Early de-risking of grid connection offers – what to look for

Activities after a connection offer is accepted are often overlooked. Grid offers come with a long list of caveats that over the course of the development process need to be worked through and clarified to avoid any pitfalls and delays. Here, we highlight some common elements of the post-acceptance process that can catch some developers out.

Article by Nikki Pillinger – expert grid connections project manager

Before joining Roadnight Taylor Nikki, headed grid teams at GRIDSERVE and British Solar Renewables where she managed the origination, de-risking, project management and energisation of a large number of grid connections. Nikki has also led the grid oversight in a significant volume of both project acquisitions and project sales.

11 September 2023

Nikki Pillinger Roadnight Taylor

Here at Roadnight Taylor we spend a lot of time getting our clients the best grid offer available. However, what happens after a connection offer is accepted is often overlooked. Grid offers give a preliminary view of what a connection is likely to look like, however they come with a long list of caveats that over the course of the development process need to be worked through and clarified to avoid any pitfalls and delays post-acceptance.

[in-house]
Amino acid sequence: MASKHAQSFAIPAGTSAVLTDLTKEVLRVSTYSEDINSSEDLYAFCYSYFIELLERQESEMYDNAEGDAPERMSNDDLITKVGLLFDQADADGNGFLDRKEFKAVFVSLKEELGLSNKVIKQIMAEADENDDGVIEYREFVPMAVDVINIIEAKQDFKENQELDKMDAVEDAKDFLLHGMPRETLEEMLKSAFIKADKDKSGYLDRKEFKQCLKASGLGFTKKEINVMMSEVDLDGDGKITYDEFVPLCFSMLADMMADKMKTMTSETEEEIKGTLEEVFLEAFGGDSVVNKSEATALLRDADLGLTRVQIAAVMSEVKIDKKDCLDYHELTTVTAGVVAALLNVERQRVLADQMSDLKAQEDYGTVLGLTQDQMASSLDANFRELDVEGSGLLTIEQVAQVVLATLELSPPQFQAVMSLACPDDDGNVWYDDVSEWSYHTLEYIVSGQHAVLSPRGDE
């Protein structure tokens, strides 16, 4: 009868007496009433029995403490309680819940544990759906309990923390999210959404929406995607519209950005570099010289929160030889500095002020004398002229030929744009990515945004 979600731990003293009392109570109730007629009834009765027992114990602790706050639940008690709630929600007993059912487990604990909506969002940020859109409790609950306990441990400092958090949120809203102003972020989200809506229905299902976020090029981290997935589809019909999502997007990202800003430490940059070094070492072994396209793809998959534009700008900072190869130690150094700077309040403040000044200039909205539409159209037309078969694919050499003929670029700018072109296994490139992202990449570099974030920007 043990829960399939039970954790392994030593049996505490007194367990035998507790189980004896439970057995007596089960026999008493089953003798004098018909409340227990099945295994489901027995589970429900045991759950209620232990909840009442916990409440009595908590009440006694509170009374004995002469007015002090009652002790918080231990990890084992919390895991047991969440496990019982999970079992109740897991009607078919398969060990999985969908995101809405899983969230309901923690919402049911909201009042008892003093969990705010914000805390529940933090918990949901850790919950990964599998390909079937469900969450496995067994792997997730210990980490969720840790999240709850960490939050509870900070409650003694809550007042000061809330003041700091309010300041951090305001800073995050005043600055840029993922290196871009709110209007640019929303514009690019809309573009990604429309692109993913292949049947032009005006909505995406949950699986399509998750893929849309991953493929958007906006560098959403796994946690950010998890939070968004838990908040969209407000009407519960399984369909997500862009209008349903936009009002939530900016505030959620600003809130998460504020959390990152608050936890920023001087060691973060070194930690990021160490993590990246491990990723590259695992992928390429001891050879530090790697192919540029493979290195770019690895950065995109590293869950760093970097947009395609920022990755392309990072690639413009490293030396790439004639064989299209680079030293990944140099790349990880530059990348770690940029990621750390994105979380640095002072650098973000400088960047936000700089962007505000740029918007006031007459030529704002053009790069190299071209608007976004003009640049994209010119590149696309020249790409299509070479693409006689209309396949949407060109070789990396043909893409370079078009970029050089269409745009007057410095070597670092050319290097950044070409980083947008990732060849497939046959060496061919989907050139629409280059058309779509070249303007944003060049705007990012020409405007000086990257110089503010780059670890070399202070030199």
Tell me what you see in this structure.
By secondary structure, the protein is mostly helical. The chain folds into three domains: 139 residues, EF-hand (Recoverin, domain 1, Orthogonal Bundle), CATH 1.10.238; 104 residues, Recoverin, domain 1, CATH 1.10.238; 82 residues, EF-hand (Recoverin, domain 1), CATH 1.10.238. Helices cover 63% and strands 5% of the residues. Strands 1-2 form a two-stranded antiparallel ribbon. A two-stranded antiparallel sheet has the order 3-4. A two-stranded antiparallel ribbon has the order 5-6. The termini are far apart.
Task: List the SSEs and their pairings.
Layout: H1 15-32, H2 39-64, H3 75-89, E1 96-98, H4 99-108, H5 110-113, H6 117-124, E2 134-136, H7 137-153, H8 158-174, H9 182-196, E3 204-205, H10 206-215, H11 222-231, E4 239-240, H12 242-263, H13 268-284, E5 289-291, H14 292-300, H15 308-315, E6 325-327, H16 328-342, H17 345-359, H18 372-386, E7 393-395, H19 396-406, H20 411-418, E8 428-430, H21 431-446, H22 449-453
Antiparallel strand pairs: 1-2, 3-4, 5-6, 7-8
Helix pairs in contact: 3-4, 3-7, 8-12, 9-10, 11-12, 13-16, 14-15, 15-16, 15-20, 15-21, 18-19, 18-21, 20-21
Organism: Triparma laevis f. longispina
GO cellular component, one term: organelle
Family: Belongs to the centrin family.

Our podcast ‘Now you’ve got a connection offer, what next?‘ details some of the main areas to be aware of, and below we highlight other common elements of the post-acceptance process that can catch some developers out.

Transmission works assessment

The first, and currently the most critical, process to go through is the transmission impact assessment. The outcome of this will define if National Grid needs to carry out any work to accommodate your connection on the transmission network. It has historically defined connection timeframes, but the industry is now moving towards a ‘first ready, first served’ model instead of the traditional ‘first come, first served’ connection queue.

It is important to get this started as soon as possible and therefore it is advisable to engage with the Distribution Network Operator (DNO) to make sure that your project has been submitted by them and has been “clock started” by National Grid. In the past there have been instances where this has taken DNOs over 18 months, which has severely delayed projects.

It is possible to look at the risks yourself by analysing National Grid’s previous transmission impact assessments responses for the associated Grid Supply Point (GSP). We can also look at the available data to ascertain what impact further connections are likely to have on the existing infrastructure.

Physical site checks

There are several further de-risking activities that should be undertaken early. Hidden in DNO offers are conditions that can have a significant impact on the final connection. Most system planners do not have the time in the three-month application period to do physical site checks such as seeing whether a switchroom is extensible or whether there is space to join onto an underground cable.

Physical site checks like these can take less than a couple of hours to complete but can have a huge financial impact on a project if the assumption in the connection offer is wrong. Even if the condition is not easily investigated, or items that will need to go through detailed design are to be finalised, then it is always worth asking what the cost risk to the project will be in the worst-case scenario. Getting these clarified as soon as possible can significantly reduce risk and complexity.